What it means to wear a sari

Wrap the first part around your waist. Remember as the silk eludes your fingers that this is the same token of feminine glory that your mother, her mother and all the mothers who came before her wore with dignity. This was what it meant to be a woman. No longer are you the small girl, or even the awkward adolescent.

Pleat by pleat, twist your fingers to capture the folds and then bunch them together to form the flowing folds that tucks in neatly at the front. When you walk,  each fold expands to accommodate your stride. When you stand, they shall remain vertically undisturbed, tucked in after each other’s shadow, meek and respectful towards the ancient tradition.

Let your elegance cascade over your shoulder as you pull up the fabric diagonally across your chest. Watch how it nestles against your form and speaks of modesty, yet leaves the one side of your torso to feel the open air and rejoice in its sensuality. The sari will now  either fall over your shoulders and protect your arm entirely hiding the soft strength of the same arms that build homes and lives. Or if you need to present yourself in a more formal occasion, it will remain neatly pinned to your shoulder, the folds falling behind in regulated order.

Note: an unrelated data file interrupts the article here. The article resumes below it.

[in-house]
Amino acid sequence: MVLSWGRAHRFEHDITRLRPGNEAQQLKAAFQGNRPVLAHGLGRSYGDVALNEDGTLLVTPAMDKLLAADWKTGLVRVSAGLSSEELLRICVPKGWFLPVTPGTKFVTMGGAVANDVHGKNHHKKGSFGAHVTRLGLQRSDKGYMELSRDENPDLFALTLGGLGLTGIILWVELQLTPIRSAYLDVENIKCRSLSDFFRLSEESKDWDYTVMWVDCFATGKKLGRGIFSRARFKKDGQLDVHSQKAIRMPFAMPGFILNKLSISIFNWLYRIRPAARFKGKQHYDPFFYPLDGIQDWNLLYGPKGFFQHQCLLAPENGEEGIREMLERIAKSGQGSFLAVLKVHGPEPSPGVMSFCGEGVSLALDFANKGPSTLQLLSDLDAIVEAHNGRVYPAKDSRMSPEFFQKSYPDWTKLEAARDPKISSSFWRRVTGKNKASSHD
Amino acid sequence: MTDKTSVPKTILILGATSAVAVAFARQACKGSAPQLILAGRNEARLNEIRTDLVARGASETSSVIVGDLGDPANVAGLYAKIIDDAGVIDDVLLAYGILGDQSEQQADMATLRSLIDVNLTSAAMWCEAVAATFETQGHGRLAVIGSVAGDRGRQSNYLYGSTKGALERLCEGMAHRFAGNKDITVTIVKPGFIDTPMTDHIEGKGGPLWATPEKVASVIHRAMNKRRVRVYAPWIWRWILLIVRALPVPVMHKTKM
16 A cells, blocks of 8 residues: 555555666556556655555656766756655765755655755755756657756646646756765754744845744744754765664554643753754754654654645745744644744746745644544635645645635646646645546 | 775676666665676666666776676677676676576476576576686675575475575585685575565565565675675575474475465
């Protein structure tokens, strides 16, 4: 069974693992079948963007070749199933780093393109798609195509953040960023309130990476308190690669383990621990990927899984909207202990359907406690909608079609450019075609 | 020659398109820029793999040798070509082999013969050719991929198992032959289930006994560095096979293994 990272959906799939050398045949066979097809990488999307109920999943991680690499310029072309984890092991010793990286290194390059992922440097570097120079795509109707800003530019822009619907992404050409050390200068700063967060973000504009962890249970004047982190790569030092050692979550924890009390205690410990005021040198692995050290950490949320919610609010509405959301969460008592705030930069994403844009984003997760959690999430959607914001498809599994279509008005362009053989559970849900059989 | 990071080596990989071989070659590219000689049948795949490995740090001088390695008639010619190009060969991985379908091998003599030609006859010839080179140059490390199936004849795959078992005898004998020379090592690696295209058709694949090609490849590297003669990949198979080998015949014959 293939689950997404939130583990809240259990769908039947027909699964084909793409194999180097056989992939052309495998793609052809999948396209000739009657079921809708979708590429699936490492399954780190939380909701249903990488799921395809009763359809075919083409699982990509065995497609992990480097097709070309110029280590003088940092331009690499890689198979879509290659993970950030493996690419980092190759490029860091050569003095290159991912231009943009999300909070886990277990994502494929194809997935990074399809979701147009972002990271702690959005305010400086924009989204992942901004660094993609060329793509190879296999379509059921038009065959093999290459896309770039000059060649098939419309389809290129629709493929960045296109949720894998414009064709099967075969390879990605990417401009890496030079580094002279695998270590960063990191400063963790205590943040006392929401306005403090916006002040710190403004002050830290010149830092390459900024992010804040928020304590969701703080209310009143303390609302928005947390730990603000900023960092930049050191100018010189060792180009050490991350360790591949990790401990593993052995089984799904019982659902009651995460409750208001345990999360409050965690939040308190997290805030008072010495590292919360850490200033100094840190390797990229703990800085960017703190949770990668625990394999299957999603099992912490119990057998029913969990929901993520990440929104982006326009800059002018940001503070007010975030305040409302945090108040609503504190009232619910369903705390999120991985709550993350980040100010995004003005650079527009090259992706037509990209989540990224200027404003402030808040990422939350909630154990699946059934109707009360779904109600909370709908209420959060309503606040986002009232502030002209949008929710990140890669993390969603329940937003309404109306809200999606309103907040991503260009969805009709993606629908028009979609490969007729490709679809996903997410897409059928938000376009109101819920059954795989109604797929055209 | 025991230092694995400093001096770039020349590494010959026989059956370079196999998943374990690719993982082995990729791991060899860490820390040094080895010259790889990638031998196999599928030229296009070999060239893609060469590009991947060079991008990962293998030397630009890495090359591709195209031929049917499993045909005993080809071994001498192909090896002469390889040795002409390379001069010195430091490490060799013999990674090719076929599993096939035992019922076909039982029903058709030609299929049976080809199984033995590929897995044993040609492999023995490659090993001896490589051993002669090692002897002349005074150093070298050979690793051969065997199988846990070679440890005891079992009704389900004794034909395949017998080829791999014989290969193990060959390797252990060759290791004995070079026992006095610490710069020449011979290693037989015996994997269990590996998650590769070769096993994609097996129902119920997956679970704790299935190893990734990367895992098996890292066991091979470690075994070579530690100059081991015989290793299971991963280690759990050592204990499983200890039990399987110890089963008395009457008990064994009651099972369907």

It is not just a garment. It is the heritage of an entire culture, whose patterns speak of the many hopes and dreams and scenes from home. It is a heritage woven by women and children of the past who are binding together the grand-daughters to their grandmothers, knowing that their work is for the worthy alone.

Now it has been done. The last pleats tucked in, the last folds straightened, the pins set. Another identity is born.

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